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» Hatrack River Writers Workshop » Forums » Open Discussions About Writing » Two Pro Sales and What I've Learned...

   
Author Topic: Two Pro Sales and What I've Learned...
genevive42
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I'm not posting this to crow about my sales. I just thought you might like to know some of the things I've learned in the process.

Both sales were after rewrite requests. Both used similar wording about liking the story but being unable to use it in its current form. If I was interested in rewriting, they would be interested in seeing it again. If you get this opportunity, seriously consider it. I'm sure some editors will have ideas you just don't agree with, but in both of my cases, their ideas made for a much better story.

I'll start with the short story that I sold to AE, called Until They Come. The rewrite request from Mr. McCourt gave me some specific ideas about where he thought things fell flat and some suggestions as to how to fix it. I needed a more immediate conflict along with the overarching one. He didn't by any means tell me what to write, just spoke in general terms. I had a question whether he was okay with the open ending, as the story was loosely inspired by Beckett's, Waiting for Godot and he said he liked the ending but needed more tension building up to it. He also went into a mini-analysis of how my story differed in structure from Godot and why it needed what it needed. The discussion with him was easy and informative. In fixing it, story grew from 1400 words to 2100 words.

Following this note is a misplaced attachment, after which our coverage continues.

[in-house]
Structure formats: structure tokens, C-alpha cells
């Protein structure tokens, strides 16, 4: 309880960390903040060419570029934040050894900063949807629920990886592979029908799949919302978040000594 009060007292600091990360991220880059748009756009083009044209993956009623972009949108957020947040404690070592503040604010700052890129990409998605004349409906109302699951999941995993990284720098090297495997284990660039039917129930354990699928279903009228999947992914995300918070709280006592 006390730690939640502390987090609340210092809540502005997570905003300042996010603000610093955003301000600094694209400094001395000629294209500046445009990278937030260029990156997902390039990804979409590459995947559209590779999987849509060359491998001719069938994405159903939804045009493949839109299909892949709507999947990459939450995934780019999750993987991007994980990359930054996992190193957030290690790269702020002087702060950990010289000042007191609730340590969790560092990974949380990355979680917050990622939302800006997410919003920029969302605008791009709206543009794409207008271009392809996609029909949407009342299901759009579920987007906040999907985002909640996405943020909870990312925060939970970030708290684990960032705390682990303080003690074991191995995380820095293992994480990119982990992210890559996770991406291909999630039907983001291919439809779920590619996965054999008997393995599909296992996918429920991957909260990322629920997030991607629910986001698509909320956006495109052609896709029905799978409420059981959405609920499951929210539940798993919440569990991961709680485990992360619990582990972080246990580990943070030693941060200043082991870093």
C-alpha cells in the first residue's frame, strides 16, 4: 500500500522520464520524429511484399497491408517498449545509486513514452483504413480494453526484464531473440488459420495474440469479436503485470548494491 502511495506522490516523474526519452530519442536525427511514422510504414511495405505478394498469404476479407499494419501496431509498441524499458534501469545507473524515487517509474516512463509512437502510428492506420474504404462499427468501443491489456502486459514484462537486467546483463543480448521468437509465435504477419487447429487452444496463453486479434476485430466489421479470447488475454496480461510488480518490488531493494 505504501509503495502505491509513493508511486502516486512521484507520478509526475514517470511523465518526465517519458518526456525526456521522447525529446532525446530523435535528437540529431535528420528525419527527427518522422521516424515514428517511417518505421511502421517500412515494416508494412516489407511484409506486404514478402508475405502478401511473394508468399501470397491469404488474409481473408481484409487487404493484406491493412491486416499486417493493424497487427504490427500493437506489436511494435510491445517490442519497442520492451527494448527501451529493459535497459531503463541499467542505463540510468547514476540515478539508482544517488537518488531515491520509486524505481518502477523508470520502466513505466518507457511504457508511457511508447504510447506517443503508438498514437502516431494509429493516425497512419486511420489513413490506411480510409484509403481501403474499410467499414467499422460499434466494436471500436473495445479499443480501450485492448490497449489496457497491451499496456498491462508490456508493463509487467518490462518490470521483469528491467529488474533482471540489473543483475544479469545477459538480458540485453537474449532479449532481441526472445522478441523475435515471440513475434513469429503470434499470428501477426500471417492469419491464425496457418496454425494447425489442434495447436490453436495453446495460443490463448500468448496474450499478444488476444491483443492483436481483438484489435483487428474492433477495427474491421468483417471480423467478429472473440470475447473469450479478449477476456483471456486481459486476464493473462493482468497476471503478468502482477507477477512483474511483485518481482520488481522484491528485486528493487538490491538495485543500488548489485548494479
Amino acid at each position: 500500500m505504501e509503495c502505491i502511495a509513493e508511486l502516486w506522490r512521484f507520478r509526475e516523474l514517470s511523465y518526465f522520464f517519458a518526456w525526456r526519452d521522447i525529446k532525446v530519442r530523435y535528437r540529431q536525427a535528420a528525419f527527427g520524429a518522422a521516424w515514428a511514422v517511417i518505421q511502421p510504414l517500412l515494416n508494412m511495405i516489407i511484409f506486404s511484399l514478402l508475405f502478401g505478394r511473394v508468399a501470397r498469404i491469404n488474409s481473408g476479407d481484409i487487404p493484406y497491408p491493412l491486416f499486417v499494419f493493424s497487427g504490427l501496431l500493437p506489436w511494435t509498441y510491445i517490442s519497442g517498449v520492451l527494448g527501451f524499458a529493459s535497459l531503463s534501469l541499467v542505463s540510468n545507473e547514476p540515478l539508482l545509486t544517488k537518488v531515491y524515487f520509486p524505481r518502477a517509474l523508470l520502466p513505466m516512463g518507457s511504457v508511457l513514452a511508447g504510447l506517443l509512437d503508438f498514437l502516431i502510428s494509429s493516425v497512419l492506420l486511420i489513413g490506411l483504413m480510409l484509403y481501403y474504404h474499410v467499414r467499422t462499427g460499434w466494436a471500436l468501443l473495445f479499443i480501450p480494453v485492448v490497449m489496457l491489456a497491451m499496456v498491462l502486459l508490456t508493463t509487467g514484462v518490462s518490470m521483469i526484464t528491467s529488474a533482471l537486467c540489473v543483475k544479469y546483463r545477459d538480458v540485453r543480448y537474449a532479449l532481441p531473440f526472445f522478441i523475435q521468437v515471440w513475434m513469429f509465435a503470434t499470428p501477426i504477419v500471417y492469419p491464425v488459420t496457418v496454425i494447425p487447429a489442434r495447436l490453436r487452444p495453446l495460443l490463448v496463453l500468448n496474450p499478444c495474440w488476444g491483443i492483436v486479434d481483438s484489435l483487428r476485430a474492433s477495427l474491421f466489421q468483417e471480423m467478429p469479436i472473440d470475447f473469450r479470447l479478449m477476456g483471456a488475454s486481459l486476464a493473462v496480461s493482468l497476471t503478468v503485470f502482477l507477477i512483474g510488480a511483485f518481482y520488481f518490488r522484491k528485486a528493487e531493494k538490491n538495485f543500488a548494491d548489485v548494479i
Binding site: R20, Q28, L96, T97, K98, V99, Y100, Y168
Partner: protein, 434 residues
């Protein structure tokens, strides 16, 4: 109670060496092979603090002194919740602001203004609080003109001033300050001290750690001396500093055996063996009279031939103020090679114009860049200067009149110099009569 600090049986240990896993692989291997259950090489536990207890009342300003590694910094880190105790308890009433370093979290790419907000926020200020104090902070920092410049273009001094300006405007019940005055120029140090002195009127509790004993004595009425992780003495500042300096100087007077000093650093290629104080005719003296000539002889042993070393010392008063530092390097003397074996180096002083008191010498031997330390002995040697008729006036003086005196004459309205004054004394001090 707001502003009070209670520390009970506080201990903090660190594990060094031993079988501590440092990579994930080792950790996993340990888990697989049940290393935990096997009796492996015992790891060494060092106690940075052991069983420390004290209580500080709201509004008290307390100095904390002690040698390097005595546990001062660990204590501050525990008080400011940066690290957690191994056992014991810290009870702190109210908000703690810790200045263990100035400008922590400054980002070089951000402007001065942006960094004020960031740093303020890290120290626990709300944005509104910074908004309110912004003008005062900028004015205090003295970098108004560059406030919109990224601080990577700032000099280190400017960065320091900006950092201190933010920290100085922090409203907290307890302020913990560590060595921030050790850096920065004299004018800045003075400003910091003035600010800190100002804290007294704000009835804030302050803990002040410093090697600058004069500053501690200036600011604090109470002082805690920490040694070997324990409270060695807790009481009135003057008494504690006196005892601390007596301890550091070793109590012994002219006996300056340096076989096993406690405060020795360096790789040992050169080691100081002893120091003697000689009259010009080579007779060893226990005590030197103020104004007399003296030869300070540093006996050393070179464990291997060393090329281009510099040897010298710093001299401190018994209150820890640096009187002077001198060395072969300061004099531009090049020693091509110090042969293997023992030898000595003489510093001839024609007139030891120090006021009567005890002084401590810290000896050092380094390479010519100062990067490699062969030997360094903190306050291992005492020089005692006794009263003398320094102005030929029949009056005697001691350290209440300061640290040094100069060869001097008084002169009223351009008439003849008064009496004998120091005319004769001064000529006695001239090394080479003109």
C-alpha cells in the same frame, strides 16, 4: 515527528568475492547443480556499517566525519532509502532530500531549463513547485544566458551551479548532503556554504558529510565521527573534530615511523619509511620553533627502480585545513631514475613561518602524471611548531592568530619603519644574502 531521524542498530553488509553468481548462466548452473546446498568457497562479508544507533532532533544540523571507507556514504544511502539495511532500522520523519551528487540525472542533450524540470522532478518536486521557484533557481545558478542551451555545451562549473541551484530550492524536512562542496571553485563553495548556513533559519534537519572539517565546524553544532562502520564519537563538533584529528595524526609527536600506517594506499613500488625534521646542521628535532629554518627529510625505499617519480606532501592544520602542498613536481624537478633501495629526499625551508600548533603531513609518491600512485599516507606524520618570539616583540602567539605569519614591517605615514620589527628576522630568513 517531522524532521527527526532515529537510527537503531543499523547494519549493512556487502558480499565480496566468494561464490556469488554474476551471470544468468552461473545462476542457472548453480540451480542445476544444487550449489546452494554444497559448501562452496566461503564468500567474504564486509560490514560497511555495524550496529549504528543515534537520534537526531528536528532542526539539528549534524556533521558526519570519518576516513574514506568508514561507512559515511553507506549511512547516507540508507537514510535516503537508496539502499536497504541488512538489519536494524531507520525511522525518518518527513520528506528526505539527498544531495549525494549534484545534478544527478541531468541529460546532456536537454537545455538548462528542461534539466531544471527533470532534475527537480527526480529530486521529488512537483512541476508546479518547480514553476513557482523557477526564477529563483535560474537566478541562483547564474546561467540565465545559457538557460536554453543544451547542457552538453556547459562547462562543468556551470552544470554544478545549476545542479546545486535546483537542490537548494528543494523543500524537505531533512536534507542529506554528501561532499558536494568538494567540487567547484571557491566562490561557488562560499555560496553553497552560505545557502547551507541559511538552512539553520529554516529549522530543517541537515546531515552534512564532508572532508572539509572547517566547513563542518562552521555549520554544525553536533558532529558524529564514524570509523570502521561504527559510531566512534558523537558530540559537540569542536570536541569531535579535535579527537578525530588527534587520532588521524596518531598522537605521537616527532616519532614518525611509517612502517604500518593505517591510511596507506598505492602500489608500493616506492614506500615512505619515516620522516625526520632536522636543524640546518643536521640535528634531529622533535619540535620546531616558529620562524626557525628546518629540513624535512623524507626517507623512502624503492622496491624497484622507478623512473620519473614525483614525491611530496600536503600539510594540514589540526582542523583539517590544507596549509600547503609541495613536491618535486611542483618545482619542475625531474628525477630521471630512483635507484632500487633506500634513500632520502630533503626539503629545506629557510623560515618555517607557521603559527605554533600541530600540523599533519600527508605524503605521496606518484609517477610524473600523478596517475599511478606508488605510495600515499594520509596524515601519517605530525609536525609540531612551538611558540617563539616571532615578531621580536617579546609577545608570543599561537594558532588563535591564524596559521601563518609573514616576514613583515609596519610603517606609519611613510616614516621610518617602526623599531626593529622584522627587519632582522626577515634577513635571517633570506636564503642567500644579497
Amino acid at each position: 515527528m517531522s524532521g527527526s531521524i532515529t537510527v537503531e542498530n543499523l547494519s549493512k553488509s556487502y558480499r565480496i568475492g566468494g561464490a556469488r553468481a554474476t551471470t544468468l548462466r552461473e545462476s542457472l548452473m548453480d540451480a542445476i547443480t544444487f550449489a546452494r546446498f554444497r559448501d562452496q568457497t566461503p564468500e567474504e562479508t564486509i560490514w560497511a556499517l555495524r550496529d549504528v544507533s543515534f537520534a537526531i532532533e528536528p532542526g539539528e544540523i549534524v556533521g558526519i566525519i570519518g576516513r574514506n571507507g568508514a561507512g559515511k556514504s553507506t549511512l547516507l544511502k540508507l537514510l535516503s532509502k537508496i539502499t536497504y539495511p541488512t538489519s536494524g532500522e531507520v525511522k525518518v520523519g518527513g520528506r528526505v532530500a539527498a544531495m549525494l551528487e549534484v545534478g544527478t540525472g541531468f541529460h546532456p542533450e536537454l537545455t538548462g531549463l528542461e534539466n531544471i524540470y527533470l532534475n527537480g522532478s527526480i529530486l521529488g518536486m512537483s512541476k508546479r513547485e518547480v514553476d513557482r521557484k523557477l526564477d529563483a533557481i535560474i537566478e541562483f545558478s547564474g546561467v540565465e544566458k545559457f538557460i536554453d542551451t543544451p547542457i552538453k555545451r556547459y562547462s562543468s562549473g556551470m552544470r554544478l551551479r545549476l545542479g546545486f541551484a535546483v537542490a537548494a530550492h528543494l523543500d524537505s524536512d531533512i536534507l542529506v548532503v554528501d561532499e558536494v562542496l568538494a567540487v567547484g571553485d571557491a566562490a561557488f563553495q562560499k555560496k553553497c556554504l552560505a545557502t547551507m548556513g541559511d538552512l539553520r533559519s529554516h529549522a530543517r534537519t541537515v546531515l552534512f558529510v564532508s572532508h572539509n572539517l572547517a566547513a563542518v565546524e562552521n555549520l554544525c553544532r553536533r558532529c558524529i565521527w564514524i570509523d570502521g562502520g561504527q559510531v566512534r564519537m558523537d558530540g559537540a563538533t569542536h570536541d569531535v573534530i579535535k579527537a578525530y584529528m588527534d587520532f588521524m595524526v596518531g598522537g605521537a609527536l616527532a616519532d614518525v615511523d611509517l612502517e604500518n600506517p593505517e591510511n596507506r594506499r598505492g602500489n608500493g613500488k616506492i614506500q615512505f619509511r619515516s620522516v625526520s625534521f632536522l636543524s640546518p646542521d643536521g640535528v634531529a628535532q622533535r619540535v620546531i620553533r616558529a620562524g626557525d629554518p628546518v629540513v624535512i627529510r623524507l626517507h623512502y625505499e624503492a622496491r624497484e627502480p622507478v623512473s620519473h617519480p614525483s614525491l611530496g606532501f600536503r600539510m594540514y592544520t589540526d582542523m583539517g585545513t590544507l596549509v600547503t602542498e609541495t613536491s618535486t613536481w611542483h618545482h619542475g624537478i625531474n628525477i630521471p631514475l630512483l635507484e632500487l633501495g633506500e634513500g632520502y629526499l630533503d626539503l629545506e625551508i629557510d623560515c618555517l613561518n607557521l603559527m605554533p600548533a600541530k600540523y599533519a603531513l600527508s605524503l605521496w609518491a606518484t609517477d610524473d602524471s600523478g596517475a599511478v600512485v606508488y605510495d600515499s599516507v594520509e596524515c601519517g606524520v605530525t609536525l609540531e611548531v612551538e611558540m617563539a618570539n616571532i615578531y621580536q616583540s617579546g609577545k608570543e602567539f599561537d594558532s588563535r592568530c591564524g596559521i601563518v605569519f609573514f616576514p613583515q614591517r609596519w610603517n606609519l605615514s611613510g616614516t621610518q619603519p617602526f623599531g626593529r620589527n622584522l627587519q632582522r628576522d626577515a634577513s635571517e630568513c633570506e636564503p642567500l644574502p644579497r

When I sent it back to Mr. McCourt, he liked it and I had my acceptance and contract within a week (might have only been a few days). He puts new material up every Monday, so it was posted a week later. He made a few small edits without my knowledge. The contract stated that he could do that. The edits were fine, though there was one I might have liked to polish, that's me being nitpicky. A piece of art was posted with it that I had no input on. It was fine too. On the day the story went up, he e-mailed me and asked if I had a Paypal account. I received payment within a day. The whole process was smooth and a good experience.

My novelette, The War of Peace, that sold to IGMS was a bit more work. Mr. Schubert said that essentially, my ending was too easy. Though he didn't have any specific suggestions on how to fix it. This was actually the first rewrite request and it was somewhat onerous for me. My first big shot at a pro pub with a big story. Did I put a lot of pressure on myself? You bet I did. And it sort of locked me up. Without a solid direction, I wasn't sure what to do with the story to make it work. Wasn't sure what would make it work for Mr.Schubert – and stay true to the story I wanted to tell.

I'm part of another online writing group and was going to a retreat with some of them in June. I decided to run the story past them. I e-mailed Mr. Schubert that I was going to do that and asked if he expected the story back in any specific time frame. He said he'd rather have it back great than fast and thought working on it at the retreat was a good idea.

So I went to the retreat and hashed out a new ending, but one with less than huge changes. The group agreed that they didn't go far enough. Then we sat around the fire pit and talked about all of the things they'd like to see in the story. They had some great ideas, and I've implemented many of them. Seeing their reactions to certain elements, like wanting one character to really get his comeuppance, made what I needed to do clearer to me. I came home, I thought, I pounded and shaped, I went back in the story and foreshadowed and came up with another, much stronger draft. Then I tormented my regular readers into looking at it once again. Then I worked it some more. When I finished fixing this one, it grew from 12,500 words to 14,000.